One thing you’ll notice right away about Part and Design items that differentiates them from other types is that Parts contain a Represented By pseudo-folder and Designs contain a Representation For pseudo-folder. A Part’s Represented By folder contains all of the designs which represent it while a Design’s Representation For folder contains the parts for which it is a representation.
A design can be associated with a part by copying the Design revision and pasting it into the Represented By folder of the corresponding Part. The Design’s Representation For folder will then automatically be populated by the Part revision. The default cardinality of the Represented By/Representation For relationship is many-to-many, so one Design may be a Representation For many Parts and one Part can be Represented By many Designs. This addresses the various problem scenarios discussed above, if you want to have one Design represent many geometrically identical Parts, paste it into the Represented By folder of all of the Parts. If you have one Part which has several different configurations you can paste multiple Designs into its Represented By folder.
Finally, there is a process for aligning a CAD structure to a Part BOM. I’ve only just started working with this myself so I haven’t finalized my opinions yet, but I’ll share what I know so far. The process is to send both structures, CAD and Part, to Collaboration Context which will lay out the two structures side by side. You then select the Design and Part you want to associate and select Tools→Structure Alignment→Publish Data. When you do this you’re given the choice to Globally Associate the Part and Design, which has the effect of creating the associations in the Represented By & Representation For folders. Once the structures are aligned you can send the Part structure to the viewer and visualize the structure the same as if you were looking at the design structure.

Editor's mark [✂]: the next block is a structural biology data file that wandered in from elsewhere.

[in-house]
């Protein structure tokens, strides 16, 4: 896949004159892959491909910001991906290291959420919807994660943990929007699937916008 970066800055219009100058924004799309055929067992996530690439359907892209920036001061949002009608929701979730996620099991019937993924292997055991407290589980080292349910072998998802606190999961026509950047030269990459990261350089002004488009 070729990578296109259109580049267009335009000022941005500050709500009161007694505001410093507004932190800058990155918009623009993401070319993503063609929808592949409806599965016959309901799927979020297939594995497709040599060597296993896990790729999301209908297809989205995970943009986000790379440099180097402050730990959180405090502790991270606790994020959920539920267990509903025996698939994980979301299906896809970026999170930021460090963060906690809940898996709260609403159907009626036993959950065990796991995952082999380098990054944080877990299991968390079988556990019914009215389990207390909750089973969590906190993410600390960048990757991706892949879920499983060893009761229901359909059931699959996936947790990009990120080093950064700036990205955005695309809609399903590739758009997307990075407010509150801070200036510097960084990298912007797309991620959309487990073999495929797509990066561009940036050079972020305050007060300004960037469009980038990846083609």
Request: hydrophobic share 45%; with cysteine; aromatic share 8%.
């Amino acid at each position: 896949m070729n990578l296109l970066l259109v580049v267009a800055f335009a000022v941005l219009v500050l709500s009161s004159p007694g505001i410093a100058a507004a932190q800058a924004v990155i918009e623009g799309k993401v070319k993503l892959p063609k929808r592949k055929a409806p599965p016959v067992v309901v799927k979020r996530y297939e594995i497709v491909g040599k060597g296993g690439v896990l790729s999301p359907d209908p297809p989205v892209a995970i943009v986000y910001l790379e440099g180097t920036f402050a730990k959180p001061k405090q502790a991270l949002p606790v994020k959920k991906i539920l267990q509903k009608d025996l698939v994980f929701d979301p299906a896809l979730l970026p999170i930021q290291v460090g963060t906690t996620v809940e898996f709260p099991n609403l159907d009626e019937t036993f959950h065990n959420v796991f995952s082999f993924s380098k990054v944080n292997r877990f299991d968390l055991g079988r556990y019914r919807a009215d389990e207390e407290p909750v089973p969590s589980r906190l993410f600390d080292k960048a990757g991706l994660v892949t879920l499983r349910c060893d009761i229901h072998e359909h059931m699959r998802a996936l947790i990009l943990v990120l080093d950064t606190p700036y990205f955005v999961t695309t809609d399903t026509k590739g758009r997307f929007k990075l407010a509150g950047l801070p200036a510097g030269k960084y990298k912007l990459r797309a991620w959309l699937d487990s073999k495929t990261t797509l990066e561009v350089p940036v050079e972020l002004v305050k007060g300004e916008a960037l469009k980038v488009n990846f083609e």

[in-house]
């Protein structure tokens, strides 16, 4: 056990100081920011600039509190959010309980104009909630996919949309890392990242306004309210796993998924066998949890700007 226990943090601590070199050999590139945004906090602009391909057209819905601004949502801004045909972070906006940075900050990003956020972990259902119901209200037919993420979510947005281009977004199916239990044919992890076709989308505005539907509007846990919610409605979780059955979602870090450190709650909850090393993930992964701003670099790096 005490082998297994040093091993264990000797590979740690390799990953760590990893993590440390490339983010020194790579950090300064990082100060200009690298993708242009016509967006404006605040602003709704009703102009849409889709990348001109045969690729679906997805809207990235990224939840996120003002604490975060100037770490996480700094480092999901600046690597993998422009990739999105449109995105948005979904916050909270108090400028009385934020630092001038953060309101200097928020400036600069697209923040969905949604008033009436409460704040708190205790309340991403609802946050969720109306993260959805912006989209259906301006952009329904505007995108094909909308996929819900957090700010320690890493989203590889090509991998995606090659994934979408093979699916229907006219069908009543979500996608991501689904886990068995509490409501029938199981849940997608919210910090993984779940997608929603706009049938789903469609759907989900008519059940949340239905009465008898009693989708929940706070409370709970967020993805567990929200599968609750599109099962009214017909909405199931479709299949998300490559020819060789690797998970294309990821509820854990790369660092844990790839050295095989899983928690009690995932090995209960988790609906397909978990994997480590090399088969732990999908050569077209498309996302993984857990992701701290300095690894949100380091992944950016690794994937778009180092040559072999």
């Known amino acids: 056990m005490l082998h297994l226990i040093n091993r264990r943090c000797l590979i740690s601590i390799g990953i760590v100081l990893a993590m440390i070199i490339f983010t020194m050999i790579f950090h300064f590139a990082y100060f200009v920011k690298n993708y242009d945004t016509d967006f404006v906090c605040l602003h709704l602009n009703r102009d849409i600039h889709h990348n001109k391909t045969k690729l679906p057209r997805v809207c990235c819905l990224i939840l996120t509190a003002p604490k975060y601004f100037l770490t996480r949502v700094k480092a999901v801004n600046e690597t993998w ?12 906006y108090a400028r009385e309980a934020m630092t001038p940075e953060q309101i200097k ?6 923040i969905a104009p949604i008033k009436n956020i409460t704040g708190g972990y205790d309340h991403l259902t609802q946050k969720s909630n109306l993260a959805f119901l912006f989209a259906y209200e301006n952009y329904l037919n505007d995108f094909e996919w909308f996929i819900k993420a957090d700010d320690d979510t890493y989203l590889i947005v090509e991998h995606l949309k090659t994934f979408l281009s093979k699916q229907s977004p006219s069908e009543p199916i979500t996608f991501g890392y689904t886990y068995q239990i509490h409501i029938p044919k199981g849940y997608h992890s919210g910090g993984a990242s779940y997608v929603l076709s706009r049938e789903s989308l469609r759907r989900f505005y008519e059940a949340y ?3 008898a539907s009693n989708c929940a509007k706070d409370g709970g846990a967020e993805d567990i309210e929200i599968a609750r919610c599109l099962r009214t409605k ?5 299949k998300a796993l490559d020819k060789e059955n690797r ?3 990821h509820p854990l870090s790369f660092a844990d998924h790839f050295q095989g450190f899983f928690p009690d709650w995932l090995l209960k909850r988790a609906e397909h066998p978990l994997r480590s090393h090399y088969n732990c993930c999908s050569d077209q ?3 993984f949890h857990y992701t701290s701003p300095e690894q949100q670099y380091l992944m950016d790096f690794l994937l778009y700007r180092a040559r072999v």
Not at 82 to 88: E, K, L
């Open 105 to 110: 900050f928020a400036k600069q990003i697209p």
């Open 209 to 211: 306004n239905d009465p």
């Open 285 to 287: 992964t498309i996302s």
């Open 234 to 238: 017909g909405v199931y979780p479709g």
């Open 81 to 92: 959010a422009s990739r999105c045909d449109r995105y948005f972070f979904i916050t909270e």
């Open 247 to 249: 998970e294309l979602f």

Some final thoughts:
A Design for Every CAD model?
If a CAD design and a Part truly do have a one-to-one relationship, as will usually be the case for MCAD parts and designs, do we really need two separate items which then need to be aligned? On one hand it seems to be adding clutter to the database to create both a Part item and a Design item when only one is really needed. On the other hand, if all CAD models are stored as a single Design type then it makes the users’ lives much less complicated since they don’t have to make the decision of which Item type to use. If there is a choice to be made between picking a Design item type and a Part item type you know that sooner or later someone will make the wrong choice.
I admit that I need to play with the alignment process more before I make a final judgement, but the process of aligning the two BOMs appears tedious and prone to error. I’m not sure how willing users will be to take it on. Finding the right pair of Design and Part items to associate looks like something that won’t be much fun if the structures are large or not laid out with similar structures. It doesn’t seem like Collaboration Context takes advantage of any preexisting Represented By/Representation For relationship between the Parts and Designs, but perhaps I’m wrong about that.
Opportunities for automation
It seems to me that there’s a lot of opportunity for automation. For example, by defining naming conventions for Parts and Designs one could implement some custom post-actions on Part and Design creation that would automatically associate the two. If you said that the naming convention for Designs was
partnumber-DESn, then a post-action on Design create could search the database for a Part identified by that part number and automatically associate the two. Likewise, a post action on Part creation could search the database for all designs using that core part number and associate those to the part. That wouldn’t automate the case of one design representing many Parts, but it would simplify lots of the use cases.